True vertigo, which is related to hearing loss and may be caused by Ménière’s, often comes on very quickly and can last anywhere from a few moments to days or even longer. Some people suffer from it for months at a time. When you feel an attack coming on, you have to sit or lie down immediately, and you may vomit. I have this kind of vertigo. My acute attacks last for a couple of hours. I can tell that one is coming on when my eyes start to swivel to the left. I’m so drained afterward that I usually sleep for the rest of the day and night.

I don’t have Ménière’s, because I have neither tinnitus nor a fullness in the ears. I also have bilateral hearing loss, and Meniere’s usually affects only one side.

If it isn’t Ménière’s, what, then, is it? In my case it’s probably migraine-associated vertigo (MAV). MAV is equally disabling but usually is not accompanied by hearing loss. So my hearing loss and my vertigo are probably not related. Sometimes Ménière’s and MAV occur in the same patient. But because migraine is so common in the general population, MAV is about 10 to 15 times more common than Ménière’s as the cause.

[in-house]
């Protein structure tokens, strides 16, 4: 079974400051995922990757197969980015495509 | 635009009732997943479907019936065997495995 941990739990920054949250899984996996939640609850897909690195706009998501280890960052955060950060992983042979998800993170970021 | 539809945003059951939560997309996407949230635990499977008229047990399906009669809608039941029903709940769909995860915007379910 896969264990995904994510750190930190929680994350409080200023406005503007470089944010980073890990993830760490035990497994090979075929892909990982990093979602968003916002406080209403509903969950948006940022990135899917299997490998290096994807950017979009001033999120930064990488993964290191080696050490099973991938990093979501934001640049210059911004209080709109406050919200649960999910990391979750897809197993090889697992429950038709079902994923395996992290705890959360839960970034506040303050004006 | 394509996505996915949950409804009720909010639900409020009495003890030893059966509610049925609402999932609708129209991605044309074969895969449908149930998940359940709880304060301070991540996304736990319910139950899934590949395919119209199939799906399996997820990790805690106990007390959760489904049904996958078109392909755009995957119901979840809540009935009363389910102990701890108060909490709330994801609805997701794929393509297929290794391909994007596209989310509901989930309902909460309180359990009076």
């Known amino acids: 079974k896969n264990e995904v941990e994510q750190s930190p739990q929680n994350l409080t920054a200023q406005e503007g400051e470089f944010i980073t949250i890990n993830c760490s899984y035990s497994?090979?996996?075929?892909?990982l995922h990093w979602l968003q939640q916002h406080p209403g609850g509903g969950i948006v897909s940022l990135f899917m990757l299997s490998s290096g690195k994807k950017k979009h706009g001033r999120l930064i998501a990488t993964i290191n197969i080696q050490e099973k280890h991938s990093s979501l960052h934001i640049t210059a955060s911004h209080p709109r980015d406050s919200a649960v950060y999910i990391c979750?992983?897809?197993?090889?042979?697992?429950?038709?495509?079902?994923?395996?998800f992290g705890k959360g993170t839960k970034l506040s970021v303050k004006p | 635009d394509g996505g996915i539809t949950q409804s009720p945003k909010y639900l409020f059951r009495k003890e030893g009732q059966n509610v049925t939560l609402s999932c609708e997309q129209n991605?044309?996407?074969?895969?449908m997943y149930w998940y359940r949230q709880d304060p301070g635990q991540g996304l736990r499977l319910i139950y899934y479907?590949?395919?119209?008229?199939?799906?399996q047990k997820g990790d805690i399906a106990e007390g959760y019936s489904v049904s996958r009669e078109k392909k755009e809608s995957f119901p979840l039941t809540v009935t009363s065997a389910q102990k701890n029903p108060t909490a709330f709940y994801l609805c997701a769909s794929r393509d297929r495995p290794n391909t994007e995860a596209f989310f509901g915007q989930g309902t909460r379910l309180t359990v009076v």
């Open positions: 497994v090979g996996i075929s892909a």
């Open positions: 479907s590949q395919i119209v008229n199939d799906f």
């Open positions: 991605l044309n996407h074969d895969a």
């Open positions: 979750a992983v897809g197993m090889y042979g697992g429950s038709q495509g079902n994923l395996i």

If you think you might have Ménière’s, you might want to read the article “How Does the Doctor Know I Have Meniere’s?” by Timothy Hain, M.D., of the Chicago Dizziness and Hearing Center, who provides an excellent description.

Ménière’s is not curable — at least not yet — but it is treatable, especially the vertigo attacks. Although almost all sufferers gradually lose hearing in their affected ear, vertigo attacks can be controlled or eliminated in over 99 percent of cases, according to Rauch.

Changes in diet can control vertigo in about two-thirds of patients. It’s important to stay hydrated and follow a lower-sodium diet. Sometimes diuretics are prescribed. Caffeine and alcohol may exacerbate symptoms in some patients.

The Vestibular Disorders Association suggests that triggers may include foods that contain the amino acid tyramine. Examples include red wine, chicken liver, smoked meats, yogurt, chocolate, bananas, citrus fruits, figs, ripened cheeses (for example, cheddar and Brie) and nuts. These are triggers for MAV, as well.